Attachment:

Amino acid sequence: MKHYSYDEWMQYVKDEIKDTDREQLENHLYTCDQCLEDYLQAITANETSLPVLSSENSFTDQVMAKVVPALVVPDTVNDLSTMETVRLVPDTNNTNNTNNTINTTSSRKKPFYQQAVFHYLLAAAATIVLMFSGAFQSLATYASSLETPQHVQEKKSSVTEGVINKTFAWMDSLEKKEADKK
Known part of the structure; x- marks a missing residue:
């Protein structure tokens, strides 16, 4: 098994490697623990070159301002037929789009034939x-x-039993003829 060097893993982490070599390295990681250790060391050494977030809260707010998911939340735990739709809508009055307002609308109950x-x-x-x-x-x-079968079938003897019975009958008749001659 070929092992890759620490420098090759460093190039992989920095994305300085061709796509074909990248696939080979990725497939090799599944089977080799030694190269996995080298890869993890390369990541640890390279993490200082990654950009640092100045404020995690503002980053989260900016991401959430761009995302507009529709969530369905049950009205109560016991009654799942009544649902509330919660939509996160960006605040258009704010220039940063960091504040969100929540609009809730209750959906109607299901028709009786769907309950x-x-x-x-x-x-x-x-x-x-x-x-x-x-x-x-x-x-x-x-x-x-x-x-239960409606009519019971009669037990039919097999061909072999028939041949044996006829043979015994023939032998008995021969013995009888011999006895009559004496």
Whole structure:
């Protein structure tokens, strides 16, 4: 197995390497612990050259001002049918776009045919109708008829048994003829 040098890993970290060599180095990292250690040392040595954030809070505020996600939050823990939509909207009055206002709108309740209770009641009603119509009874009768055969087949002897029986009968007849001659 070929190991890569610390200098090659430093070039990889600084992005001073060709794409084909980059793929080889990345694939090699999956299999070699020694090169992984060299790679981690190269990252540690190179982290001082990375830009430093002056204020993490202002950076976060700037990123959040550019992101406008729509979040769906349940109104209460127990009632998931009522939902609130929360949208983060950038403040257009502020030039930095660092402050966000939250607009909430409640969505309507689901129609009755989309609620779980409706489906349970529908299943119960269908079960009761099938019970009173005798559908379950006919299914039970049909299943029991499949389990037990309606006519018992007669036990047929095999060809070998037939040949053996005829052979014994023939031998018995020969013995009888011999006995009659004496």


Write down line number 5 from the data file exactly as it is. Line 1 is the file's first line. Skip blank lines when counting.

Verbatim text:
């Protein structure tokens, strides 16, 4: 197995390497612990050259001002049918776009045919109708008829048994003829 040098890993970290060599180095990292250690040392040595954030809070505020996600939050823990939509909207009055206002709108309740209770009641009603119509009874009768055969087949002897029986009968007849001659 070929190991890569610390200098090659430093070039990889600084992005001073060709794409084909980059793929080889990345694939090699999956299999070699020694090169992984060299790679981690190269990252540690190179982290001082990375830009430093002056204020993490202002950076976060700037990123959040550019992101406008729509979040769906349940109104209460127990009632998931009522939902609130929360949208983060950038403040257009502020030039930095660092402050966000939250607009909430409640969505309507689901129609009755989309609620779980409706489906349970529908299943119960269908079960009761099938019970009173005798559908379950006919299914039970049909299943029991499949389990037990309606006519018992007669036990047929095999060809070998037939040949053996005829052979014994023939031998018995020969013995009888011999006995009659004496």